Boko Haram Strikes Northern Nigeria: Coordinated Attacks Leave 30 Dead

Boko Haram Strikes Northern Nigeria: Coordinated Attacks Leave 30 Dead

In Nigeria, a series of deadly blasts thought to have been carried out by female suicide bombers has killed more than 30 people, according to the vice-president. Kashim Shetim visited the hospital in Maiduguri, the capital of Borno State, on yesterday (July 1) and said there were 42 people injured, AFP reported.

Female suicide bombers targeted three locations in a Nigerian Town. The incidents occurred in Borno state, an area deeply affected by the Boko Haram insurgency, which began in 2009.

Coordinated Attacks

The horror unfolded on Saturday with brutal, co-ordinated attacks targeting a wedding, the victims’ subsequent funeral, and a hospital in the town of Gwoza, near the Cameroon border. The community is in shock and mourning.

President Bola Tinubu condemned the attacks, calling them “desperate acts of terror.” He promised firm action against those responsible and emphasized that the attacks had not undermined recent progress against jihadists.

“The president declares that the purveyors of wanton violence shall have a certain encounter with justice, and that these cowardly attacks are only but an isolated episode as his government will not allow the nation to slither into an era of fear, tears, sorrow, and blood,” a statement from his spokesperson said on Facebook.

Although no group has claimed responsibility, the Islamic State West Africa Province (ISWAP) insurgents, who have previously carried out deadly bombings in Borno, are suspected.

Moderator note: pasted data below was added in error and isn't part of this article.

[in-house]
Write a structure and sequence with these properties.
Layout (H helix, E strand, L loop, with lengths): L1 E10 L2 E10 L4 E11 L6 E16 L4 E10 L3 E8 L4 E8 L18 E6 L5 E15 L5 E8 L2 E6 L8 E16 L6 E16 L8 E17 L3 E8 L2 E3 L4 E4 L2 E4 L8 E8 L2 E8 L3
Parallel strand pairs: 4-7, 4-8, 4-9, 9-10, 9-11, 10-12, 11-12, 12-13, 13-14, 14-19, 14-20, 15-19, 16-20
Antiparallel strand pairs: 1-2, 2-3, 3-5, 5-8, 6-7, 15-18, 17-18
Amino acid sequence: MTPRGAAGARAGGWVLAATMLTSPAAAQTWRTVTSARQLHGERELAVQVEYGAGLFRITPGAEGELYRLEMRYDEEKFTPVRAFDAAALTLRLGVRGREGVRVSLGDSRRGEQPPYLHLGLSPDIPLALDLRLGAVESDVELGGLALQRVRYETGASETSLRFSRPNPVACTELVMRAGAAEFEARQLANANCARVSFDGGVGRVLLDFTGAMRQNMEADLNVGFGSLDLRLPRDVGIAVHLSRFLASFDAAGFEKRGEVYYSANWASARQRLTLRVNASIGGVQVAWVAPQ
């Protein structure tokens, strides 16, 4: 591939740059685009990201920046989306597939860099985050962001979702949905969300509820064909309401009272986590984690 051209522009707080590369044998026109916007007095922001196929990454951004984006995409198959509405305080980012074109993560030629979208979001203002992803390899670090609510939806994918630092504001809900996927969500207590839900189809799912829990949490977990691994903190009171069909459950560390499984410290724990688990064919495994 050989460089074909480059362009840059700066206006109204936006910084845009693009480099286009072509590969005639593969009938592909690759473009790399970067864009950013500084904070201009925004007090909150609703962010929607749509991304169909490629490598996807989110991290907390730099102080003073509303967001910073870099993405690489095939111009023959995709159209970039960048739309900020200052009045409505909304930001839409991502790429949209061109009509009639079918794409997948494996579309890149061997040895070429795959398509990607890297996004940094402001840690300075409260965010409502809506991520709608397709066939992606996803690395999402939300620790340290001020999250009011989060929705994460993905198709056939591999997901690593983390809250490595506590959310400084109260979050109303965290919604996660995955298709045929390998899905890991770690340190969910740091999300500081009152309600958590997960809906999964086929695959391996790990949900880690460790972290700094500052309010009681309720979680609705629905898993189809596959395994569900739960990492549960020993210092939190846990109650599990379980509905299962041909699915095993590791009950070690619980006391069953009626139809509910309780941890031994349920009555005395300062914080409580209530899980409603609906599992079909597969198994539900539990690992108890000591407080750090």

The injuries range from abdominal ruptures to skull and limb fractures. In response to the attacks, the military has imposed a curfew.

The first explosion rocked a wedding celebration in the town of Gwoza, according to Barkindo Saidu, director-general of Borno State Emergency Management Agency. Shortly after, another blast occurred near a General Hospital, followed by a third at a funeral where the bomber posed as a mourner. Tragically, children and pregnant women were among those killed, with over 30 others wounded, sustaining severe injuries like abdominal ruptures and skull fractures.

Suspicion on Boko Haram

No group immediately claimed responsibility for the attacks, but suspicions point towards Boko Haram, notorious for using women and girls in suicide bombings. The group has a history of kidnapping thousands, including schoolchildren, for such purposes.

President Bola Tinubu

President Bola Tinubu condemned the attacks as “desperate acts of terror” and assured that they were an isolated incident. However, the resurgence of suicide bombings has raised concerns about regional security. Authorities have enforced a curfew in response to the attacks, underscoring the ongoing threat posed by Boko Haram, which aims to establish an Islamic state in Nigeria.

The insurgency has not only claimed over 35,000 lives but also displaced millions, exacerbating a humanitarian crisis across the region. The situation remains critical as armed groups continue to engage in kidnapping for profit and territorial control, impacting communities across Nigeria.

The town of Gwoza, near Chibok where the infamous abduction of 276 schoolgirls occurred in 2014, remains particularly vulnerable. Nearly a hundred of those girls are still missing, highlighting the ongoing challenges faced by authorities in tackling terrorism and securing the safety of civilians in Nigeria.

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